Talking Turkey: 7 Tips to Save on Thanksgiving

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The two biggest expenses for Thanksgiving are food and travel. Here's how to save on both.

Thanksgiving is exactly five weeks away. If you’re cooking, you indeed have a reason to be thankful: Your holiday dinner probably won’t cost any more than it did last year – it may even cost less. But if you’re flying to see relatives and haven’t booked your flight yet, the news may not be so good.

Thanksgiving travel tips

Flying right before and after Thanksgiving this year will cost you $170 more than usual, estimates Travelocity. The travel website calculates a departure on the Tuesday before Thanksgiving and a return on the Sunday after will average a whopping $463 round trip. The rest of the month? A mere $293. Here’s what you can do to save…

Act now: If you haven’t already booked your flight, do it today. Waiting certainly isn’t going to get you a cheaper fare.

Stay longer: The two busiest and most expensive days to fly are the Tuesday before Thanksgiving and the Sunday after. Leaving a day earlier and staying a day later can save you more than $100.

Land elsewhere: Most travel websites give you the option of landing at smaller and less-busy airports than the major hubs. If you’re flying to Los Angeles, try Burbank – To Miami, try Fort Lauderdale – To Chicago, try Midway. To New York, try Newark.  You can save some serious cash, and if your relatives really love you, they’ll be willing to drive a tad further.

Get grounded: If you need to travel 300 miles or less, it may be more cost-effective to drive. How do you find out for sure? AAA offers this Fuel Cost Calculator. And if you don’t feel like driving, let someone else do it: check out Can a Bus Beat a Plane?

Thanksgiving cooking tips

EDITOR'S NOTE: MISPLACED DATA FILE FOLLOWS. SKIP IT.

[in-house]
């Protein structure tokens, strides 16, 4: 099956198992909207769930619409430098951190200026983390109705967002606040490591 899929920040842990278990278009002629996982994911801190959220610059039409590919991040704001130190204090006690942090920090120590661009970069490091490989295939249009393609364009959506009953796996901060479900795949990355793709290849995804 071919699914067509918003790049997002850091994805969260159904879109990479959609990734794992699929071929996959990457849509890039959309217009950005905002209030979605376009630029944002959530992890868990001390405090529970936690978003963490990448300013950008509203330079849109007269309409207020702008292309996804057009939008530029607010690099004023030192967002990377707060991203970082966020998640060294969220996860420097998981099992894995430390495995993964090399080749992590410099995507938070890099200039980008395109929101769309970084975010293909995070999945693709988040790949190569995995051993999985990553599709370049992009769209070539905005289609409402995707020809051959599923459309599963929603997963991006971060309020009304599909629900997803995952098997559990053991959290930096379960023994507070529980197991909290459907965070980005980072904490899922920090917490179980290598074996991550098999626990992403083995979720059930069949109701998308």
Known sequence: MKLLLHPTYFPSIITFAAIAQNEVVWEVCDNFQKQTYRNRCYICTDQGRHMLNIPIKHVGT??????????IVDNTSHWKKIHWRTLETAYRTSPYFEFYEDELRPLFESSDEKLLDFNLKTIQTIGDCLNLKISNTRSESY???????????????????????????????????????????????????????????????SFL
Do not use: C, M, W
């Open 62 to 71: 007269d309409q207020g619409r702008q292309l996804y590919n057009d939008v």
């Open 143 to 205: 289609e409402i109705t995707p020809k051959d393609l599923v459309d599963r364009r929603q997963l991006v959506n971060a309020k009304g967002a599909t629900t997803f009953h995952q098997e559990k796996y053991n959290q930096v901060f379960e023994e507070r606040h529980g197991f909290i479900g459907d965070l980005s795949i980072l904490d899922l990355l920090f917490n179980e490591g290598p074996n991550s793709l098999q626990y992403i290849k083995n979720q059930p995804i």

For the past quarter century, the American Farm Bureau has estimated the average cost of a traditional Thanksgiving dinner – with turkey, stuffing, cranberries, pumpkin pie, and all the trimmings. In 2009, the total was $42.91 for a table of 10. That was a $1.70 drop from 2008, and the first time prices has dropped since 2000.

Will it drop again? The American Farm Bureau hasn’t released its 2010 calculations yet, but with consumer prices almost flat and federal officials more worried about deflation than inflation, chances are Thanksgiving will still be cost-effective. Here are some ways to save even more…

Don’t get fresh: Everyone from Emeril to the State of Alaska will tell you, “There is no quality difference between a fresh or frozen turkey.” But often, there’s a big price difference. Just remember frozen takes days to thaw out, so don’t wait till the last minute to buy that bird.

Shop smart: Check out our 5 Ways to Save on Thanksgiving Dinner for the best advice on cooking a traditional turkey dinner. Or…

Be unique: If you want to try something different, you’ll have a lot of company. A survey by grill maker Char-Boil claims only 40 percent of Americans “serve the same menu that mom created.” The other 60 percent experiment. Here are three unique ideas. And if you don’t like turkey, a trade group called the National Pork Board is pushing pork for Thanksgiving – and offers recipes like pork and chocolate.
Pork and chocolate?

Stacy Johnson

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